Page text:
I think nuget is a great concept but I still think there is a bit of an issue when it comes to multi packages which rely on a specific package which then is updated later if you update all. In the future I will be more selective on which packages to update.

Wednesday, 22 January 2014

RavenDB Import / Export in code

The recommended way of doing backups automatically is using Smuggler on the server in a scheduled job or if you do manual backups and restores it’s through the RavenDB management studio but what happens if you’ve not got the ability to do either of those? It’s time to build in import/export functionality into your application.

This was a requirement that I was looking at a while back and then when I did some further investigation more recently I had found a thread on the RavenDB Google group and the associated pull request to allow for smuggling functionality without the http server running; problem solved! So how can it be used?

The changes that were made extracted out an interface ISmugglerApi to allow for a common mechanism for both the server/http version and the internal embedded implementations.

So how do we backup? This is an implementation from an MVC application perspective. Context is a way to determine the difference in implementation if you require to develop and/or deploy onto the different platforms.

public async Task<ActionResult> Backup()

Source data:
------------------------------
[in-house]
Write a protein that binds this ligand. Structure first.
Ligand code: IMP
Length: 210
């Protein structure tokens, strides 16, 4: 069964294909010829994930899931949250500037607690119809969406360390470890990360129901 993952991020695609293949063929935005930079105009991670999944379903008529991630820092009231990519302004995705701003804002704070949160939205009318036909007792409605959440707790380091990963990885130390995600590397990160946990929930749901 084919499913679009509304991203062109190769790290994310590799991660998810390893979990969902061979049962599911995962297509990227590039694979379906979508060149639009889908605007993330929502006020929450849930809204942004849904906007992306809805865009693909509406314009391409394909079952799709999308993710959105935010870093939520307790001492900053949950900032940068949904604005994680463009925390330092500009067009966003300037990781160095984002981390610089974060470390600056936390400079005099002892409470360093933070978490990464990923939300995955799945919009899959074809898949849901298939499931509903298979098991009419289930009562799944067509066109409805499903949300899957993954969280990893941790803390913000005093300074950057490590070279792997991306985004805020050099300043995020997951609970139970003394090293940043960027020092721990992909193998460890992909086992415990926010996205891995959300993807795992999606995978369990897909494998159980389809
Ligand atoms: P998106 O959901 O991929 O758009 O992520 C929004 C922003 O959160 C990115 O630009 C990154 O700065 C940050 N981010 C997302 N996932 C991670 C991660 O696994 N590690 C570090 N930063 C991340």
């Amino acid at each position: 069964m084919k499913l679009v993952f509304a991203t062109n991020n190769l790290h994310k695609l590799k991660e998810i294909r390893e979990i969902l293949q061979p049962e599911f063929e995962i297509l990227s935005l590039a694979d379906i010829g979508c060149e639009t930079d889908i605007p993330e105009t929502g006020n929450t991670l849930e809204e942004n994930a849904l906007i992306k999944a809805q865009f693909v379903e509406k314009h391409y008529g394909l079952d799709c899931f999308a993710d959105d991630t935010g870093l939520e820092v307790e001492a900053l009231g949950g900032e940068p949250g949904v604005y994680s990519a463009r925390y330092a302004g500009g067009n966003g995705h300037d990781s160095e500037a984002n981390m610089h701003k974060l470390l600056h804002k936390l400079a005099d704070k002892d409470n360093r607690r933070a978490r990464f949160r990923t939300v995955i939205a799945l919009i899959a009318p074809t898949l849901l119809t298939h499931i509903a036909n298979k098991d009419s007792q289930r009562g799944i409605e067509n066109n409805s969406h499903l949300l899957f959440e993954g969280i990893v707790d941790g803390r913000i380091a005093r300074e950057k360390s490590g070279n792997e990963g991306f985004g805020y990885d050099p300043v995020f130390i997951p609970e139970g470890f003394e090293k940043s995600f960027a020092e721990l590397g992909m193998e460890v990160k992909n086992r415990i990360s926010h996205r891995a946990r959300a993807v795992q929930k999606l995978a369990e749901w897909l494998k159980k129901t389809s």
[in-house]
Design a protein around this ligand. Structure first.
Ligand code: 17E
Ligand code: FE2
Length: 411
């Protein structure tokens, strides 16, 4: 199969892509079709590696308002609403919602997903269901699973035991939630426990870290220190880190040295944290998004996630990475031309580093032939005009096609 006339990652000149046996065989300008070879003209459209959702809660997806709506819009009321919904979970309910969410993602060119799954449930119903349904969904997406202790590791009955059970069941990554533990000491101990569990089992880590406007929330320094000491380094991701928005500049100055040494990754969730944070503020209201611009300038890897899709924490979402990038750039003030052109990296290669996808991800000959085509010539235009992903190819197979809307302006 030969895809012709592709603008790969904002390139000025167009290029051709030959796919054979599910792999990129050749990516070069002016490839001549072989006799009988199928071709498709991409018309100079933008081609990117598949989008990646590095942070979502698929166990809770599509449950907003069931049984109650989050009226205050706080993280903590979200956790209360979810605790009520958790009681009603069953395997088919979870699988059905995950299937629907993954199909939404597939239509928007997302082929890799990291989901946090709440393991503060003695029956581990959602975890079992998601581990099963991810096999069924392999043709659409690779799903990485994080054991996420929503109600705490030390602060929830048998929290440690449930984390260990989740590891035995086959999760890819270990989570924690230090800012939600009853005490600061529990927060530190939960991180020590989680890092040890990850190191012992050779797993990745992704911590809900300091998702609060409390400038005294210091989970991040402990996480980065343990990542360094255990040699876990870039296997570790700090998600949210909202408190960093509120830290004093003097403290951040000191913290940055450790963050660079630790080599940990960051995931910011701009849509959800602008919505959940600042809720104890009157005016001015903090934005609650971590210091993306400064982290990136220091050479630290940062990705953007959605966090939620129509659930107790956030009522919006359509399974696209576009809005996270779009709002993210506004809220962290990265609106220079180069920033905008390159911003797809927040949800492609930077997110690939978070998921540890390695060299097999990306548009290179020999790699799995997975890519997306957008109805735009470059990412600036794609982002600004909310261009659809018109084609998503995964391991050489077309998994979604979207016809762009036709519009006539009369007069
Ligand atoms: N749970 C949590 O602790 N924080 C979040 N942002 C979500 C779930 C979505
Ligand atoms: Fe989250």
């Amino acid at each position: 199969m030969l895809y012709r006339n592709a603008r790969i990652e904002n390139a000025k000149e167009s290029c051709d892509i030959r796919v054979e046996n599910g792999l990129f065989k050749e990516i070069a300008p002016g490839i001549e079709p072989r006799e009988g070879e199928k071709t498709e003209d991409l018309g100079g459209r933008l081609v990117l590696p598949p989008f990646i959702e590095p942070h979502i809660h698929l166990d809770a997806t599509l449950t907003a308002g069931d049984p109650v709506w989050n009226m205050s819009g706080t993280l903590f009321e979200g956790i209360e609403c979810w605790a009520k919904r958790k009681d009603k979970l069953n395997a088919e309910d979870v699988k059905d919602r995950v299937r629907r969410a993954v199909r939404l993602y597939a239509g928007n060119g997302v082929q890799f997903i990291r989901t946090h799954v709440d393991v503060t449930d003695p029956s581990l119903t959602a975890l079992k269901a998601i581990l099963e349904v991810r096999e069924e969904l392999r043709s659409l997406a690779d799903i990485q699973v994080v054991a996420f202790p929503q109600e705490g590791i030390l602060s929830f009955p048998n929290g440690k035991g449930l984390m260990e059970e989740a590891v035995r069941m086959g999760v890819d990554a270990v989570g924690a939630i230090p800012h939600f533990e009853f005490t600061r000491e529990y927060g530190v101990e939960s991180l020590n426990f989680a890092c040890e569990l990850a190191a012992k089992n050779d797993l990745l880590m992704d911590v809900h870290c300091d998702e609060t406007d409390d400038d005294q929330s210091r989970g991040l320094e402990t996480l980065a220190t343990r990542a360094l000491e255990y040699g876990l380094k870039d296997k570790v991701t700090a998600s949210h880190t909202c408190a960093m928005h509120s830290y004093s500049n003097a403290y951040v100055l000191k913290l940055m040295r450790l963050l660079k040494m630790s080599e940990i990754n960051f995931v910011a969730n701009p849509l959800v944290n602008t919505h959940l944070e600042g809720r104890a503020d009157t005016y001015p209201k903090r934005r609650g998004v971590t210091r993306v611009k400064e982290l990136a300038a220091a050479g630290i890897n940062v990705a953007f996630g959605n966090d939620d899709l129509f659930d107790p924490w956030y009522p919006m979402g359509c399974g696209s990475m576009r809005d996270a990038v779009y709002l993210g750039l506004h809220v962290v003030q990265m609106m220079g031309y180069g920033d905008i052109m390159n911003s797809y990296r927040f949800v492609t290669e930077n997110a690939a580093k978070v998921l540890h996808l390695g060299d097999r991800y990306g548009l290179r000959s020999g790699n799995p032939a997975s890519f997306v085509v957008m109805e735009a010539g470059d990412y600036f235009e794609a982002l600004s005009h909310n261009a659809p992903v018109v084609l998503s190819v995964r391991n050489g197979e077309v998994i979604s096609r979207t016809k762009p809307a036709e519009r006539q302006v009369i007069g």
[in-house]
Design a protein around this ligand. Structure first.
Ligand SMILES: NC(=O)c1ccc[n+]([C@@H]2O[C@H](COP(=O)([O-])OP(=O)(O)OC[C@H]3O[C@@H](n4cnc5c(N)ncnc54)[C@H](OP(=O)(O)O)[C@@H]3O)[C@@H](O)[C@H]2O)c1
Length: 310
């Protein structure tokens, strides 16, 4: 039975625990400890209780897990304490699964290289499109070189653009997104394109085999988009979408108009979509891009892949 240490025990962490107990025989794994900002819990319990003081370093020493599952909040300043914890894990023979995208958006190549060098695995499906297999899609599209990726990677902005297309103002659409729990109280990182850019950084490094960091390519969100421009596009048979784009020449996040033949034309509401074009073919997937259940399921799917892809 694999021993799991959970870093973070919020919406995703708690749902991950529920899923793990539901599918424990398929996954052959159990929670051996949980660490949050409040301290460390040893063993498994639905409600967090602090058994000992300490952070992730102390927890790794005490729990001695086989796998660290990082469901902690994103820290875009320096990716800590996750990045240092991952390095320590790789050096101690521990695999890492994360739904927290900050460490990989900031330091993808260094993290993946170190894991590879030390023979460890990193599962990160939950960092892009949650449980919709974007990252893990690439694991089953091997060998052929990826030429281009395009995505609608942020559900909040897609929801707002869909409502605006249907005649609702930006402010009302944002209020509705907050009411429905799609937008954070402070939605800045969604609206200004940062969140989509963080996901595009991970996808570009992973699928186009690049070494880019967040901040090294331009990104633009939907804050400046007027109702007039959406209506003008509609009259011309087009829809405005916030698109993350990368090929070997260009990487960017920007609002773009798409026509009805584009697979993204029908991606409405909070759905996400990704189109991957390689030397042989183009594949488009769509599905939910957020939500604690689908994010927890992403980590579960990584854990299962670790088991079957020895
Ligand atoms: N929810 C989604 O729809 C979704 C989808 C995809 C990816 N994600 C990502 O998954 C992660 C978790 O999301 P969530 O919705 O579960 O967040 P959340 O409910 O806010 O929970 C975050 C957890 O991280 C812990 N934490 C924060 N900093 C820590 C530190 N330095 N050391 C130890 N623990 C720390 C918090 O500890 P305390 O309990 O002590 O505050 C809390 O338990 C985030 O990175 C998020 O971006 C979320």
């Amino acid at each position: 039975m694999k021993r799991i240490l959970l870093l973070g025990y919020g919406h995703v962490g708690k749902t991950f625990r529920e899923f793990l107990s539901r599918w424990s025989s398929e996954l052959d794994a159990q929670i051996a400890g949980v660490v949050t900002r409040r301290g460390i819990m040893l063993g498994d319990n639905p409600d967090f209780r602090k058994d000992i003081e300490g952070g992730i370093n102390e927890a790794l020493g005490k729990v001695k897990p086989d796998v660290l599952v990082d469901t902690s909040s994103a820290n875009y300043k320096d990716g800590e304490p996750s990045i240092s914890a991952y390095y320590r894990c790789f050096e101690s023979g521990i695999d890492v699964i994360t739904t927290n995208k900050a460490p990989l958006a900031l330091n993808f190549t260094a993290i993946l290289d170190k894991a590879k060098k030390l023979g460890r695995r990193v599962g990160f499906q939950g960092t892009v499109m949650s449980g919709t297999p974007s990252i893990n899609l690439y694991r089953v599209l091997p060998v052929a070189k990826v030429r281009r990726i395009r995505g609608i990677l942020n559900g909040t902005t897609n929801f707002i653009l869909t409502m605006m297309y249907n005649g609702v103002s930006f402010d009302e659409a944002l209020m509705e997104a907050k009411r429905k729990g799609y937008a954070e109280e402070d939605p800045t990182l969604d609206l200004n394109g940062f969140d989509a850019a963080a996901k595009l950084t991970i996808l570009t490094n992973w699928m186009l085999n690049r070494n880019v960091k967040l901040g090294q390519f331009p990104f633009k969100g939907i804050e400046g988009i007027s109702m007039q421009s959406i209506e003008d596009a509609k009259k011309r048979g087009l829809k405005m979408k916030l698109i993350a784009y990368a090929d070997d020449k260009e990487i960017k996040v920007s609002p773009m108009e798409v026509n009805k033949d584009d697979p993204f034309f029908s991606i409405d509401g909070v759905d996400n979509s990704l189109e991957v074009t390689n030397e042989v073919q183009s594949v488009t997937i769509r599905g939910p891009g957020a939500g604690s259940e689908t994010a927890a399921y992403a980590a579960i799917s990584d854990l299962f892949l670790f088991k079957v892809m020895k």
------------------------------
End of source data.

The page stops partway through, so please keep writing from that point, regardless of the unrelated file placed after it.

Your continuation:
{
    SmugglerOptions smugglerOptions = new SmugglerOptions { BackupPath = Server.MapPath(ServerMapPath) };
    switch (Context)
    {
        case Context.Embedded:
            DataDumper dumper = new DataDumper(((EmbeddableDocumentStore)MvcApplication.Store).DocumentDatabase, smugglerOptions);
            var embeddedExport = dumper.ExportData(null, smugglerOptions, false);
            await embeddedExport;
            break;

        case Context.Server:
            var connectionStringOptions = new RavenConnectionStringOptions
            {
                ApiKey = “insert ApiKey”,
                DefaultDatabase = “db_name,
                Url = “http://localhost:8080”
            };

            var smugglerApi = new SmugglerApi(smugglerOptions, connectionStringOptions);
            var serverExport = smugglerApi.ExportData(null, smugglerOptions, false);
            await serverExport;
            break;
    }

    return File(Server.MapPath(ServerMapPath), "application/binary", "backup.dump");
}

For the embedded version you specify the mapped server path on the local machine at the location the server will write the file to, initiate a new instance of the DataDumper class and call ExportData. There is no need for a stream or to get the incremental flag for this basic usage.